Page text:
Previous work-related poor validity of questionnaires to systematic and random error, specifically reporting and recall bias which may lead to a low agreement with over- and underestimation (Table 2). For example, a potential underestimation of SB in single-item questionnaires was suggested [15, 104], whereas wider limits of agreement in questionnaires are present with multiple items [104]. Another factor contributing to validity of questionnaires may relate to the number of questions, and therefore detail of information, with more questions on SB potentially improving the criterion validity of the measurement tool. In contrast to this hypothesis, our analysis revealed no substantial differences between the criterion validity of the 1-item, 2-to-9-item and ≥ 10-item questionnaires. One possible explanation is that participants find it difficult to recall SB, with multiple-item questionnaires making it even more complicated to replicate detailed and domain-specific patterns of SB [31]. Furthermore, some behaviours are easier to remember because these are more habitual and restricted to certain periods during the day, e.g. TV viewing, computer use or sitting at work [15, 31, 86]. Finally, multiple-item questionnaires may over-report SB because subjects may report sedentary activities twice when using sub-scales (e.g. driving while listing to music). Although more questions may cover multiple domains and provide more detailed information, the complexity of these questionnaires may contribute to the negligible improvement in criterion validity of multiple-item questionnaires for total sedentary time. Nonetheless, exploring multiple domains of sitting may still seem relevant. For example, some domains are more strongly associated with poor health outcomes [12,13,14], whilst detailed information about domains may provide insight for intervention development.

Reliability of subjective measures of SB

Despite the significant heterogeneity in validity of the various measures to assess SB, the reliability of the questionnaires and diaries or logs were moderate-to-good. Importantly, these conclusions are based on studies with a fair-to-good quality. A central question pertaining to the reliability of questionnaires is whether differences are present in reliability for weekdays versus weekend days or for workdays versus non-workdays, especially given the marked differences in (sedentary) behaviour that exist between these days [104]. Indeed, our study found that approximately 50% of included studies reported a ≥ 10% better reliability to assess SB during weekdays versus weekend days or during workdays versus non-workdays (Table 3). These observations support a previous review, which reported higher reliability for weekdays compared to weekend days [104]. Moreover, we found that reliability was better for specific behaviours, such as TV viewing, compared to a more general categories, such as ‘other leisure time activities’. An explanation for this finding is that more specific and regularly performed behaviours have a higher reliability [15].

Choosing an appropriate measurement tool

Logs and diaries have a higher validity compared to the questionnaires, are less reliant on long-term recall and can more accurately capture sporadic and intermittent behaviours. Therefore, we recommend logs and dairies as self-reported measurement tools. However, important limitations such as time constrains, lack of resources and the potential to influence participants’ behaviour, make them less useful for large-scale observational studies and/or intervention studies. Within the spectrum of questionnaires, there is no obvious preference for a single questionnaire. In fact, the most appropriate tool seems to depend on the nature of the study, especially since this review showed large variety in both validity and questionnaire characteristics (i.e. type and context of SBs). Therefore, some studies will benefit from questionnaires focusing on specific domains of SB, whilst others will benefit from a reliable estimate of total sedentary time or distribution of SB. Furthermore, when performing an intervention study, measures will benefit from the ability to measure changes across time. Since this ability was not examined within this review, we cannot make specific recommendations related to this type of studies. Nonetheless, these characteristics should be taken into account when planning such studies. Ultimately, and when feasible, a combination of objective and subjective assessments is preferred to provide valid and reliable insight into SB.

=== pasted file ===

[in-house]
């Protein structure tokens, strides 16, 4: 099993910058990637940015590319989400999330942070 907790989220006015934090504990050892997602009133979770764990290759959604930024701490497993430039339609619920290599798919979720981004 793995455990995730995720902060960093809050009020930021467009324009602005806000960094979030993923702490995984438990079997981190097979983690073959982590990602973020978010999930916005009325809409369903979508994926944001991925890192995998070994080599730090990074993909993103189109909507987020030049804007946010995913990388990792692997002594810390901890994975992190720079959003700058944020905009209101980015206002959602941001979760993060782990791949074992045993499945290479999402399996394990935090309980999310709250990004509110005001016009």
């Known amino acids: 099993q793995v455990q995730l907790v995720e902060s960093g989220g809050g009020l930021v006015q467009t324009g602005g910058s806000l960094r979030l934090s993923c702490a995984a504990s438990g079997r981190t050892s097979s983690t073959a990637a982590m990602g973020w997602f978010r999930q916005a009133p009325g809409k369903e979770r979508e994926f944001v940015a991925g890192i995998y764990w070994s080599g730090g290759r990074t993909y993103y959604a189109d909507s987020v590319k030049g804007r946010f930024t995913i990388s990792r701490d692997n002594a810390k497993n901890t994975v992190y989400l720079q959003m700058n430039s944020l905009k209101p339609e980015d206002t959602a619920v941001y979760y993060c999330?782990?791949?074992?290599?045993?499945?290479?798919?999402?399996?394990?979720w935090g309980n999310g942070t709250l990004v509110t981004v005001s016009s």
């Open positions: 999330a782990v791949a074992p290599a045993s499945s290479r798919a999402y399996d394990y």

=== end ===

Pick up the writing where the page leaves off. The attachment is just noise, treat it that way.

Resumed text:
Conclusions

This review identified the widespread (and rapidly growing) use of a large range of self-reported measures of SB, which significantly differ in type, extensiveness, complexity and duration. Our results indicated that the criterion validity of subjective measures ranged between poor and excellent, whereas the quality of most studies was poor. The validity of the logs/diaries was significantly higher compared to the questionnaires, with little improvement in criterion validity of questionnaires when increasing items to assess SB. Therefore, when only self-report measures are feasible, logs and diaries are recommended to validly and reliably assess SB, but due to time constraints and resources related to logs and diaries, 1-item questionnaires may be preferred in large-scale studies when showing similar validity and reliability compared to longer questionnaires. Whenever feasible, the combination of objective and subjective assessments will provide the most valid and reliable method to assess SB.

Availability of data and materials

Not applicable.

Abbreviations

ICC:

Intra Correlation Coefficients

MET:

Metabolic Equivalent of Task

R:

Correlation Coefficient Estimate

SB:

Sedentary Behaviour

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The content is solely the responsibility of the authors and does not necessarily represent the official views of previously mentioned the funding organizations described in the funding section.

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T.M.H.E. is financially supported by a grant from the Dutch Heart Foundation (#2017 T051). G.N.H. is supported by an Australian NHMRC Career Development Fellowship (#1086029). D.W.D is supported by a NHMRC Senior Research Fellowship (NHMRC APP1078360) and supported in part by the Victorian Government’s OIS Program.

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All authors contributed to the study conception and design. EAB and YAW performed the literature searches, data extraction and quality assessments. The first draft of the manuscript was written by EAB and all authors commented on and revised previous versions of the manuscript. All authors read and approved the final manuscript.

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Bakker, E.A., Hartman, Y.A.W., Hopman, M.T.E. et al. Validity and reliability of subjective methods to assess sedentary behaviour in adults: a systematic review and meta-analysis. Int J Behav Nutr Phys Act 17, 75 (2020). https://doi.org/10.1186/s12966-020-00972-1

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Keywords

  • Sedentary behaviour
  • Sitting
  • Measurement
  • Self-report
  • Reliability
  • Validity